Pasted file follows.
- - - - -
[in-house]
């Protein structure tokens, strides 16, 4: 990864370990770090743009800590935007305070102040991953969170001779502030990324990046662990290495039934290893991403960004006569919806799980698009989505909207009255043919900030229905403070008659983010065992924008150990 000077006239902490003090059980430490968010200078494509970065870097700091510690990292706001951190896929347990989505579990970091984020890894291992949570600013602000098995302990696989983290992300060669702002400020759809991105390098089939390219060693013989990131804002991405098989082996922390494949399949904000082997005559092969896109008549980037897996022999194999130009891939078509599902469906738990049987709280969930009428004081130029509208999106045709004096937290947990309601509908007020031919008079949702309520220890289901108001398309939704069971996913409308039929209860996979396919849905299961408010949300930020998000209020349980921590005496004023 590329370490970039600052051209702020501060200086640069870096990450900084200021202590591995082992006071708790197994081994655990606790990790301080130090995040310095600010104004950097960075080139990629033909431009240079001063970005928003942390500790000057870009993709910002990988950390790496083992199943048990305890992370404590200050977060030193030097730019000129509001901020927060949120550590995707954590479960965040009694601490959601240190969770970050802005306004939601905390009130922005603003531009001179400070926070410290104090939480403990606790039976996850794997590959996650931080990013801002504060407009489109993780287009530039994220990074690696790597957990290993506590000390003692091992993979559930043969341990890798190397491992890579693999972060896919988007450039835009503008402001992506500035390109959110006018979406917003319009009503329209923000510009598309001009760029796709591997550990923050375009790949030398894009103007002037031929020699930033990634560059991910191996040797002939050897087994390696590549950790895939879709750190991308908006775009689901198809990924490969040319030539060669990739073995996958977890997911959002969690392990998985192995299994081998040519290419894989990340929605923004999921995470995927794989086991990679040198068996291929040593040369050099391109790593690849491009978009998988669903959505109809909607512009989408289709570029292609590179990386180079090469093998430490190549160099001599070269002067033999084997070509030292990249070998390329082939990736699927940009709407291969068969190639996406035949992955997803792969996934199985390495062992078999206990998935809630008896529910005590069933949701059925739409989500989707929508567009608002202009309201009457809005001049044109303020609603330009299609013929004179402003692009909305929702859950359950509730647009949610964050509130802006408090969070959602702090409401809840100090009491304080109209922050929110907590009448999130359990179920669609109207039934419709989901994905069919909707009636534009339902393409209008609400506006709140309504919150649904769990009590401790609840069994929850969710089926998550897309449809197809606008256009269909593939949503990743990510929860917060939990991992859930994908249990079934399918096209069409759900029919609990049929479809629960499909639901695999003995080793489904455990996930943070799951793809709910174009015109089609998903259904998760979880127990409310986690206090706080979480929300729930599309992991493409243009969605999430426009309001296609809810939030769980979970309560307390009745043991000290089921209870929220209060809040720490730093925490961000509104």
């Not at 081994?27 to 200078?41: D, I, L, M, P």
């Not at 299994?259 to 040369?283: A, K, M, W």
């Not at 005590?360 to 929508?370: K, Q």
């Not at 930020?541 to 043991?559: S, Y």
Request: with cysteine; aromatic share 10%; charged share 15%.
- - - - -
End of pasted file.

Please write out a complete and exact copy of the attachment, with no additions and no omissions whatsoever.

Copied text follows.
[in-house]
């Protein structure tokens, strides 16, 4: 990864370990770090743009800590935007305070102040991953969170001779502030990324990046662990290495039934290893991403960004006569919806799980698009989505909207009255043919900030229905403070008659983010065992924008150990 000077006239902490003090059980430490968010200078494509970065870097700091510690990292706001951190896929347990989505579990970091984020890894291992949570600013602000098995302990696989983290992300060669702002400020759809991105390098089939390219060693013989990131804002991405098989082996922390494949399949904000082997005559092969896109008549980037897996022999194999130009891939078509599902469906738990049987709280969930009428004081130029509208999106045709004096937290947990309601509908007020031919008079949702309520220890289901108001398309939704069971996913409308039929209860996979396919849905299961408010949300930020998000209020349980921590005496004023 590329370490970039600052051209702020501060200086640069870096990450900084200021202590591995082992006071708790197994081994655990606790990790301080130090995040310095600010104004950097960075080139990629033909431009240079001063970005928003942390500790000057870009993709910002990988950390790496083992199943048990305890992370404590200050977060030193030097730019000129509001901020927060949120550590995707954590479960965040009694601490959601240190969770970050802005306004939601905390009130922005603003531009001179400070926070410290104090939480403990606790039976996850794997590959996650931080990013801002504060407009489109993780287009530039994220990074690696790597957990290993506590000390003692091992993979559930043969341990890798190397491992890579693999972060896919988007450039835009503008402001992506500035390109959110006018979406917003319009009503329209923000510009598309001009760029796709591997550990923050375009790949030398894009103007002037031929020699930033990634560059991910191996040797002939050897087994390696590549950790895939879709750190991308908006775009689901198809990924490969040319030539060669990739073995996958977890997911959002969690392990998985192995299994081998040519290419894989990340929605923004999921995470995927794989086991990679040198068996291929040593040369050099391109790593690849491009978009998988669903959505109809909607512009989408289709570029292609590179990386180079090469093998430490190549160099001599070269002067033999084997070509030292990249070998390329082939990736699927940009709407291969068969190639996406035949992955997803792969996934199985390495062992078999206990998935809630008896529910005590069933949701059925739409989500989707929508567009608002202009309201009457809005001049044109303020609603330009299609013929004179402003692009909305929702859950359950509730647009949610964050509130802006408090969070959602702090409401809840100090009491304080109209922050929110907590009448999130359990179920669609109207039934419709989901994905069919909707009636534009339902393409209008609400506006709140309504919150649904769990009590401790609840069994929850969710089926998550897309449809197809606008256009269909593939949503990743990510929860917060939990991992859930994908249990079934399918096209069409759900029919609990049929479809629960499909639901695999003995080793489904455990996930943070799951793809709910174009015109089609998903259904998760979880127990409310986690206090706080979480929300729930599309992991493409243009969605999430426009309001296609809810939030769980979970309560307390009745043991000290089921209870929220209060809040720490730093925490961000509104």
């Not at 081994?27 to 200078?41: D, I, L, M, P």
């Not at 299994?259 to 040369?283: A, K, M, W």
């Not at 005590?360 to 929508?370: K, Q």
């Not at 930020?541 to 043991?559: S, Y």
Request: with cysteine; aromatic share 10%; charged share 15%.